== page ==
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Community Center opens to fanfare

Senior Center volunteer Nick Cane cleans display shelves in the Young at Heart gift shop that is being set up in the new Senior Center.
Jim Grant | The Record-Courier

HOW WAS IT PAID FOR

The Carson Valley Community and Senior Center was paid for from two construction bonds totaling $14 million, $3.4 million from the medical assistance to indigent fund reserves and $1.1 million in room taxes. Donations are being used to furnish the center.

An estimated 2,000 people turned out to watch the ceremony and tour the new Douglas County Community & Senior Center on Saturday afternoon.

Longtime residents Frank and Dee Peralta said they’ve looked forward to the opening for some time.

Dee said she plans to volunteer at the center when the New Year arrives.



“It would be great to give something back and do something for the town that has given us so much,” Dee said.

Gardnerville resident Beverly Dearth volunteered at the old senior center for seven years before her health gave out.



“I want to see this big, new place,” she said.

County Commissioner chairman Doug Johnson said the timing of the opening was appropriate.

“This will be a gift that you’re going to be able to remember and you’re going be able to play with and enjoy for the rest of your lives,” Johnson said.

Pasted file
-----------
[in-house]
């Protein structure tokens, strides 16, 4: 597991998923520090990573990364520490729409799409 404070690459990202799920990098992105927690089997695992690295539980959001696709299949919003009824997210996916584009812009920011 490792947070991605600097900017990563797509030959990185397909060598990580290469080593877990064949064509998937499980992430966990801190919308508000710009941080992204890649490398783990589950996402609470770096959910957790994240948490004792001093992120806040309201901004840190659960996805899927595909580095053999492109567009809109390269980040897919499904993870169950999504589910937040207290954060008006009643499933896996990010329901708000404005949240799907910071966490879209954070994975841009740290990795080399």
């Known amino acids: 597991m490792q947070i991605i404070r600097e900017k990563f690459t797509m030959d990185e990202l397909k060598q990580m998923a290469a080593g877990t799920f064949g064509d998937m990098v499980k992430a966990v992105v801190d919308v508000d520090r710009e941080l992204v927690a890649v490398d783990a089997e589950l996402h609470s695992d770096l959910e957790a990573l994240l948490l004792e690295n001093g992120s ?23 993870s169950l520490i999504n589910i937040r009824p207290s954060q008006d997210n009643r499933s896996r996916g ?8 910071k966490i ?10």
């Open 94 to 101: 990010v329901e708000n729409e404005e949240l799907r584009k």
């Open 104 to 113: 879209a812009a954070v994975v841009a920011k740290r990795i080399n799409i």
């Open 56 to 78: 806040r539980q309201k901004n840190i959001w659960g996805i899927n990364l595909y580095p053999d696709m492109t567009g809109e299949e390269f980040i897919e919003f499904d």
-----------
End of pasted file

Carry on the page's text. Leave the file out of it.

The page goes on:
Community Services Director Scott Morgan said the $14.5 million building came in $7,556 under budget.

In addition to the facilities, the 83,000-square-foot building was approved for occupation on Nov. 17.

On Thursday, Morgan announced a $50,000 donation from Bently Enterprises to the Douglas County Community Services Foundation.

Morgan said the foundation is raising money to equip and furnish the center.

“Our goal was $675,000 by the time we opened,” he said. “We’ve knocked off $1.1 million in equipment and furnishings.”

Morgan said there is no stage in the dining room or climbing wall in the gym, but those things will come along as donations continue to arrive.

“Now that people are in there, they will be able to see what we need,” he said.

Morgan said he’s still looking for someone who will donate $10 million for naming rights to the building.

On Thursday county commissioners thanked Greg Lynn for his efforts on behalf of the center.

While Nancy McDermid thanked Lynn for being the guy in charge of saying “no,” Morgan said they really sought the no-cost alternative.

Morgan said CORE Construction was responsible for both designing and building the structure, keeping costs down.

However, when they proposed something, the committee in charge of building the center would ask for the no-cost alternative, something Lynn advocated.

Morgan said that without the leadership of the county commission the project would never have happened.

“They took some risk and they stood by it,” Morgan said.